The Hersey-Blanchard Situational Leadership Theory

548 WordsFeb 2, 20182 Pages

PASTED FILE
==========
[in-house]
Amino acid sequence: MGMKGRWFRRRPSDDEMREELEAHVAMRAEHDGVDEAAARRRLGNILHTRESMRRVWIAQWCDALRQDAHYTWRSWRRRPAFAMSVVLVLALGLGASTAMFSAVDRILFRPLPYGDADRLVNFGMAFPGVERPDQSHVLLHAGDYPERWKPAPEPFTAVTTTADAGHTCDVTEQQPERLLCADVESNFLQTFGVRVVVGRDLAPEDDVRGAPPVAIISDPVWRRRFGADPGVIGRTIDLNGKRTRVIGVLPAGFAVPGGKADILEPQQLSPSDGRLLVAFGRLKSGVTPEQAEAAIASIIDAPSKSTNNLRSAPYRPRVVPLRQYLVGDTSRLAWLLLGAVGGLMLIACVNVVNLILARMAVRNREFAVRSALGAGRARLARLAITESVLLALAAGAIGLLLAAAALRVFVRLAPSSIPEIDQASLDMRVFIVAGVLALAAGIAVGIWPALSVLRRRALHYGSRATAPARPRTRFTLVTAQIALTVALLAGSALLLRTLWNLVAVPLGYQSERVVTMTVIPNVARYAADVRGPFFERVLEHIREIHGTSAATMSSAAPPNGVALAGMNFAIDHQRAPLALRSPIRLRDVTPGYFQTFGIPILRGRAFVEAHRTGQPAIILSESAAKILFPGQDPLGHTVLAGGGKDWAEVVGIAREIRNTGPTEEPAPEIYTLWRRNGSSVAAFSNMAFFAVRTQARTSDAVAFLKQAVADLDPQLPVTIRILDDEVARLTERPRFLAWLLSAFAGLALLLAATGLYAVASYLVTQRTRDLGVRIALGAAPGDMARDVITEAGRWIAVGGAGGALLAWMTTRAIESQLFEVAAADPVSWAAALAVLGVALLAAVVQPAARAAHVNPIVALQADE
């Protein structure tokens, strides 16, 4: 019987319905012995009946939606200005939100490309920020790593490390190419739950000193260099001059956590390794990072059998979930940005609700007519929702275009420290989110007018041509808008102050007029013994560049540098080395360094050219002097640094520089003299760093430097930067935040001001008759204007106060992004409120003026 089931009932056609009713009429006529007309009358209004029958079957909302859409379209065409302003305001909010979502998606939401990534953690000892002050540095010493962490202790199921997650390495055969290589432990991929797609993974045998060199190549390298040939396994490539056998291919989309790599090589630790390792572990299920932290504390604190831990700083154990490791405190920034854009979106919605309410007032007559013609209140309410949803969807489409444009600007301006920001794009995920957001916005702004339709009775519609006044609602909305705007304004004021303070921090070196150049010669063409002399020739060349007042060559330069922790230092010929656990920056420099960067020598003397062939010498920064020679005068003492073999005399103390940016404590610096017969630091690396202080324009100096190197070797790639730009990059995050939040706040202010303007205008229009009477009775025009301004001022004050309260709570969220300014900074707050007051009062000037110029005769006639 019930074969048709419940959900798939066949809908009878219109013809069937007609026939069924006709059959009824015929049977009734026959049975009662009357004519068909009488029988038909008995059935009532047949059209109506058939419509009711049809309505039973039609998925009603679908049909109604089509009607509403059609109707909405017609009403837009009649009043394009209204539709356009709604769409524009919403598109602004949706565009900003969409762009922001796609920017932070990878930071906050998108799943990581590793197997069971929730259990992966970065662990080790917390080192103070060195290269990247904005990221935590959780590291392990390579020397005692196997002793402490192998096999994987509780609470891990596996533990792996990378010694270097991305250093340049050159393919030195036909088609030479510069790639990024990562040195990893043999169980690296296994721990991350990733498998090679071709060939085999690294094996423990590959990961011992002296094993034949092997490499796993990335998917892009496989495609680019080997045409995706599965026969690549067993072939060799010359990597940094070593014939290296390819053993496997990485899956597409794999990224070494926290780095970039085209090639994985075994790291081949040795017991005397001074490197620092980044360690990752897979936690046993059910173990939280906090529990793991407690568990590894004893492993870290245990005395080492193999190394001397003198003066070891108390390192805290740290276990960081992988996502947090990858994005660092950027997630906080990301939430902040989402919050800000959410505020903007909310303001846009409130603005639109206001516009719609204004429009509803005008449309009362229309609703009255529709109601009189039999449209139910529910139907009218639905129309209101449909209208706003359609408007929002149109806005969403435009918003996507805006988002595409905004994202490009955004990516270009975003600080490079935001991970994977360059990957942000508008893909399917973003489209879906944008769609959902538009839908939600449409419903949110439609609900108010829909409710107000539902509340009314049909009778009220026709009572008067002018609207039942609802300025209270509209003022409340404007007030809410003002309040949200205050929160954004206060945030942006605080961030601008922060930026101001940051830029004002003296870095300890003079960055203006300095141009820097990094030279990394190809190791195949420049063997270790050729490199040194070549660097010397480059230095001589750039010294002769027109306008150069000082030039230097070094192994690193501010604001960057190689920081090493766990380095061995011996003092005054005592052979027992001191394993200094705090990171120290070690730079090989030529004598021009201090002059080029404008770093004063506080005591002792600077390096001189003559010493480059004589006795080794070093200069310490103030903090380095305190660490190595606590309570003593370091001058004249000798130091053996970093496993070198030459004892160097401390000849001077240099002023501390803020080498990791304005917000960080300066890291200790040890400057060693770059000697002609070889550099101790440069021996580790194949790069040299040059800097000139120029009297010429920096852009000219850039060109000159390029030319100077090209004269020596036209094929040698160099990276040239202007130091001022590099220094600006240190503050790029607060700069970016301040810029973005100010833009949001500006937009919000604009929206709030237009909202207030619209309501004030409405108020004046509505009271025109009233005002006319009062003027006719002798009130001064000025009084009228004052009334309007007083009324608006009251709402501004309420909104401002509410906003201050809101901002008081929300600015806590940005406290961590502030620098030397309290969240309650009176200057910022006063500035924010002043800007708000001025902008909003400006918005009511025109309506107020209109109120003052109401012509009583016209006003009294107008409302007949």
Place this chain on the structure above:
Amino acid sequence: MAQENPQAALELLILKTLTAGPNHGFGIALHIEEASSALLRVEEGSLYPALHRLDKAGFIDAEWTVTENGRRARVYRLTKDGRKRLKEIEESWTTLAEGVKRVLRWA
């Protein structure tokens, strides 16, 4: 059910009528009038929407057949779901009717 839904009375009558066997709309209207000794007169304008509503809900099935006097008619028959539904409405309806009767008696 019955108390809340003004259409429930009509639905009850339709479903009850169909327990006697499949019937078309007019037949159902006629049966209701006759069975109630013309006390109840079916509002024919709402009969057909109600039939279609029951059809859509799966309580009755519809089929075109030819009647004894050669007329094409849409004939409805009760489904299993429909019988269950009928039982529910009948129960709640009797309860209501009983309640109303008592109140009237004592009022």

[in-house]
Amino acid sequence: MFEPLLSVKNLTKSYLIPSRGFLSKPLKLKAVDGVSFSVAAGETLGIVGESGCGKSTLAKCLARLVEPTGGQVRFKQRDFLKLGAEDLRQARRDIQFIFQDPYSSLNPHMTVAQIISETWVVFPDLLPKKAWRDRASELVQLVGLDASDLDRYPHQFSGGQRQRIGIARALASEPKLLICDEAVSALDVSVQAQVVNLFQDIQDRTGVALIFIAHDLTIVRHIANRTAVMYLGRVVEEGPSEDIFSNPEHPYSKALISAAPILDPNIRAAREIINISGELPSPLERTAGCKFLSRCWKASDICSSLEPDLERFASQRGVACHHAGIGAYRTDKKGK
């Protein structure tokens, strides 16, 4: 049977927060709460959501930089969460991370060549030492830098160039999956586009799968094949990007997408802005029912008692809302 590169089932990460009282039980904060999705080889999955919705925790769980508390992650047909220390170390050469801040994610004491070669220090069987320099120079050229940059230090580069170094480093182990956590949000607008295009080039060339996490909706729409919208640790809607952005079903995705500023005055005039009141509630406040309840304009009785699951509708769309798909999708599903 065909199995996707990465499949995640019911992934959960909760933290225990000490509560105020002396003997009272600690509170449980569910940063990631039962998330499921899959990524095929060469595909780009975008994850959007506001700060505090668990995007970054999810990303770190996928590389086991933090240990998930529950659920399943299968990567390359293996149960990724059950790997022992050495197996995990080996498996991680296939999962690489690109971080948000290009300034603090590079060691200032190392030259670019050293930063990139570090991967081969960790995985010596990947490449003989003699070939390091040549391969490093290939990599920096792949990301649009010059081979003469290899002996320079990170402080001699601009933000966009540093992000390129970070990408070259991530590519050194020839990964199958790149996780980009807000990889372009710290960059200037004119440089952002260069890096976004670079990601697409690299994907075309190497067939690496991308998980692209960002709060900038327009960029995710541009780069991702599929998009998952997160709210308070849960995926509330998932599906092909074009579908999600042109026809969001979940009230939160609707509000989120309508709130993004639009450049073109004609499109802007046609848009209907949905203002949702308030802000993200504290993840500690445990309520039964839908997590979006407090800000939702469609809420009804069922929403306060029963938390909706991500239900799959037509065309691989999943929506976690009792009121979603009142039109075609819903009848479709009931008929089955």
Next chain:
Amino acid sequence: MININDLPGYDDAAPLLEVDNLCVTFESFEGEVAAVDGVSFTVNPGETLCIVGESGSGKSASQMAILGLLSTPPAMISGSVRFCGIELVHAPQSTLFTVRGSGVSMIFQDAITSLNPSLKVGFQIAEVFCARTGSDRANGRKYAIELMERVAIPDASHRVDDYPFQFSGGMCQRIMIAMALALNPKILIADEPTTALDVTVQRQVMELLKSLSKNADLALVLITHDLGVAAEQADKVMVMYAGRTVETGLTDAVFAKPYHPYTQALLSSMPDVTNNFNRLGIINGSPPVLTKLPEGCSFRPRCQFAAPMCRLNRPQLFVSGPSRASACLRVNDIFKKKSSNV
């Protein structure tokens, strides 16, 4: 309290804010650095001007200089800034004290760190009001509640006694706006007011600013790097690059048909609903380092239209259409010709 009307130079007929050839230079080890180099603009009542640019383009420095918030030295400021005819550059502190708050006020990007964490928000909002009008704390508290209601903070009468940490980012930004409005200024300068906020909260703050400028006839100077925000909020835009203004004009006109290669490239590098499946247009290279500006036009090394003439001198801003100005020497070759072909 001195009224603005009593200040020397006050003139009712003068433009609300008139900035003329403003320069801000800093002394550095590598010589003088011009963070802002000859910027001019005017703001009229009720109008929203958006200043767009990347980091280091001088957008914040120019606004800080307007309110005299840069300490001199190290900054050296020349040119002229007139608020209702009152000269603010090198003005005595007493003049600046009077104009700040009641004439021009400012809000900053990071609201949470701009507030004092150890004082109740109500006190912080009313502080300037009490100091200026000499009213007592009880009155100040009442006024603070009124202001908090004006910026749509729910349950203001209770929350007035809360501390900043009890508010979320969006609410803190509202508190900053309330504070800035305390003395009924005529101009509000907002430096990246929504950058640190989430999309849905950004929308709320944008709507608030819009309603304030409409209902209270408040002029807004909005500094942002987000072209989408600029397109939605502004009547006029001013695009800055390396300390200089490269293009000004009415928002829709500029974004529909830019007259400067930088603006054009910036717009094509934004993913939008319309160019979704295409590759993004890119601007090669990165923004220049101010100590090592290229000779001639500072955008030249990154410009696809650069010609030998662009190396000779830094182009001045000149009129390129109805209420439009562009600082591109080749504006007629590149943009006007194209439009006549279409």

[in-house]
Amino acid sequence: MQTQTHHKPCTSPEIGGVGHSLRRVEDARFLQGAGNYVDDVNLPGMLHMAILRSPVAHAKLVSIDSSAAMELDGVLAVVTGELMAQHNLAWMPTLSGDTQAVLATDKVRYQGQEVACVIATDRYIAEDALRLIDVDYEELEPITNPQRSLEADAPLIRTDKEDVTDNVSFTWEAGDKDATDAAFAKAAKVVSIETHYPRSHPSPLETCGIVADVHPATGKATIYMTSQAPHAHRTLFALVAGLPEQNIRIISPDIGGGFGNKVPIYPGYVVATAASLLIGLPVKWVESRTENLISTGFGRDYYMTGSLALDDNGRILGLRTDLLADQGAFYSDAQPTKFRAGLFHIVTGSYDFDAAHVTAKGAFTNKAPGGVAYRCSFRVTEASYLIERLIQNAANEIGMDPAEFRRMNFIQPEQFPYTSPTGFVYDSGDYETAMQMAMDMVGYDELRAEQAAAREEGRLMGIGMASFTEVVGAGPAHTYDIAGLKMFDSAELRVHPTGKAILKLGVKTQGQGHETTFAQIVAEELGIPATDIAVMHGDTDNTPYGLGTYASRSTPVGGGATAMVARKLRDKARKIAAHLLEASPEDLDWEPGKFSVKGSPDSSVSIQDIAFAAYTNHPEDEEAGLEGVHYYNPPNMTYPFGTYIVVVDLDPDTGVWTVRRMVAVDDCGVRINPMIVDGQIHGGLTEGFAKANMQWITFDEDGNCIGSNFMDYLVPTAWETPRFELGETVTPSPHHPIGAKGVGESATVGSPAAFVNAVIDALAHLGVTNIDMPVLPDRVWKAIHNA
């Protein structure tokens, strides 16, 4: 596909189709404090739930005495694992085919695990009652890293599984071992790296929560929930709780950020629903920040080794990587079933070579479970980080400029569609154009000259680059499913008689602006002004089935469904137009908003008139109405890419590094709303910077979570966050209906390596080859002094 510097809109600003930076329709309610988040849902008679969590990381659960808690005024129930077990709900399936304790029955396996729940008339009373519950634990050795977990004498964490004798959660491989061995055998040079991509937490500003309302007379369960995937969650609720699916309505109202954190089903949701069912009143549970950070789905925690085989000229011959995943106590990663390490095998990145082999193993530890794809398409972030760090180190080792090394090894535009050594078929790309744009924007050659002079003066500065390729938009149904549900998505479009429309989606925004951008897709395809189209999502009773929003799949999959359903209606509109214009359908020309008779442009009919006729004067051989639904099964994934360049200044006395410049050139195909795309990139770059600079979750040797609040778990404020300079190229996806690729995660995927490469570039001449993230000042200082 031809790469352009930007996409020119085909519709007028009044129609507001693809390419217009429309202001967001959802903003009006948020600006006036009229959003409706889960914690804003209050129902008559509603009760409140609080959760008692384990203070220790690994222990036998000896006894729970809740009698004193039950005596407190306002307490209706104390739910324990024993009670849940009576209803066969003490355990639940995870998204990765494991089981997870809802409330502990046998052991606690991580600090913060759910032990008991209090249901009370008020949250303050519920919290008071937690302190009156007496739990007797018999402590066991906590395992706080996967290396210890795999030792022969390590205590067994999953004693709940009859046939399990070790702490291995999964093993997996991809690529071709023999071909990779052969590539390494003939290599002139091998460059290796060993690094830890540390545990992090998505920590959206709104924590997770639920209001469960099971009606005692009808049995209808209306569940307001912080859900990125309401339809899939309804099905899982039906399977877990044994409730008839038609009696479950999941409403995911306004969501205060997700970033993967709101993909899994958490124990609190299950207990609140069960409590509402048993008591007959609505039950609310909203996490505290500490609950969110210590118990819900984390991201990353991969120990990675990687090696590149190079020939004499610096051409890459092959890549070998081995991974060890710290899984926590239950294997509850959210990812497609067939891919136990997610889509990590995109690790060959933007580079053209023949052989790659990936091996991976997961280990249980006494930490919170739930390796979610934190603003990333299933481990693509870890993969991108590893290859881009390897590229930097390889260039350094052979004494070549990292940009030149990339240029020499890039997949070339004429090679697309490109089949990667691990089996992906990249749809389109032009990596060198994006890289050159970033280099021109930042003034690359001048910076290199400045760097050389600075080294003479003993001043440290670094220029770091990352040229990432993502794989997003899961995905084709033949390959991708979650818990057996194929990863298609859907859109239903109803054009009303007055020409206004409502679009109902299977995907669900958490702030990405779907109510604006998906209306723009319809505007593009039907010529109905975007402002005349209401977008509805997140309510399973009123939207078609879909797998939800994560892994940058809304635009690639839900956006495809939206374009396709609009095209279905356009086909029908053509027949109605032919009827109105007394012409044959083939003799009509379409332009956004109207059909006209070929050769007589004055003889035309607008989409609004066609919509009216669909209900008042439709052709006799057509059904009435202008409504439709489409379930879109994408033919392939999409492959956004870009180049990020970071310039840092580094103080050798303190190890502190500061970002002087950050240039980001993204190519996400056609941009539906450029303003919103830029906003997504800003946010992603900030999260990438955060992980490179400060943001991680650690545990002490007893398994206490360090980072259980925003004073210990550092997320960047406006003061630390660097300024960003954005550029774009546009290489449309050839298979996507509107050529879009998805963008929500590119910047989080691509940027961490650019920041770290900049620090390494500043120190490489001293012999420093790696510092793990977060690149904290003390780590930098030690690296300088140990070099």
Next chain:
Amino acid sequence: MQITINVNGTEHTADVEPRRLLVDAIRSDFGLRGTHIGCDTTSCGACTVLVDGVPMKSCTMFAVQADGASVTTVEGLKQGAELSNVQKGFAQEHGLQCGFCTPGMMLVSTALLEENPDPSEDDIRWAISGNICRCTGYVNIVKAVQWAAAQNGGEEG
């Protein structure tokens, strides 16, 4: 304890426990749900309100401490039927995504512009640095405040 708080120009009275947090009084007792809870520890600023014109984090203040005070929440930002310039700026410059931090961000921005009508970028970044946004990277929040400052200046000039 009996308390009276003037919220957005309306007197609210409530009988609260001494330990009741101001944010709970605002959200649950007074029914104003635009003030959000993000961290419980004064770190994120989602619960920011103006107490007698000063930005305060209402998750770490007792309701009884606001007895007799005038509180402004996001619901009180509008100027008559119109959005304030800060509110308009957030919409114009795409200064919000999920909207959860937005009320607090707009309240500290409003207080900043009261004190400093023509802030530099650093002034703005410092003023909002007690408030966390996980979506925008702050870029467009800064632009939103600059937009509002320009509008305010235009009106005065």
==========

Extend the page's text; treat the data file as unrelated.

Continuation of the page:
The Hersey-Blanchard Situational Leadership Theory was created by Dr Paul Hersey, author of "The Situational Leader," and Ken Blanchard, author of "One-Minute Manager”. The theory states that instead of using just one style, successful leaders should change their leadership styles based on the maturity of the people they're leading and the details of the task. Using this theory, leaders should be able to place more emphasis on the task and relationships with the people they're leading, depending on what's needed to get the job done successfully. In situational leadership, the style may change in order to meet the needs of others in the organization based on the situation. The theory categorizes leadership styles on four behavioral types: Telling (one way communication in which the leader provides some direction), Selling (two way communication in which the leader directs and influences the followers to buy into the process), Participating (the leader works with the team and shares decision-making responsibilities) and Delegating (the responsibilities are passed to the followers but the leader stays involved to monitor the progress). The concept of transformational leadership was initially introduced by James Macgregor Burns. According to Burns, transformational leadership can be seen when "leaders and followers make each other advance to a higher level of morality and motivation." The theory was further developed by Bernard M. Bass in his book ‘Leadership and performance
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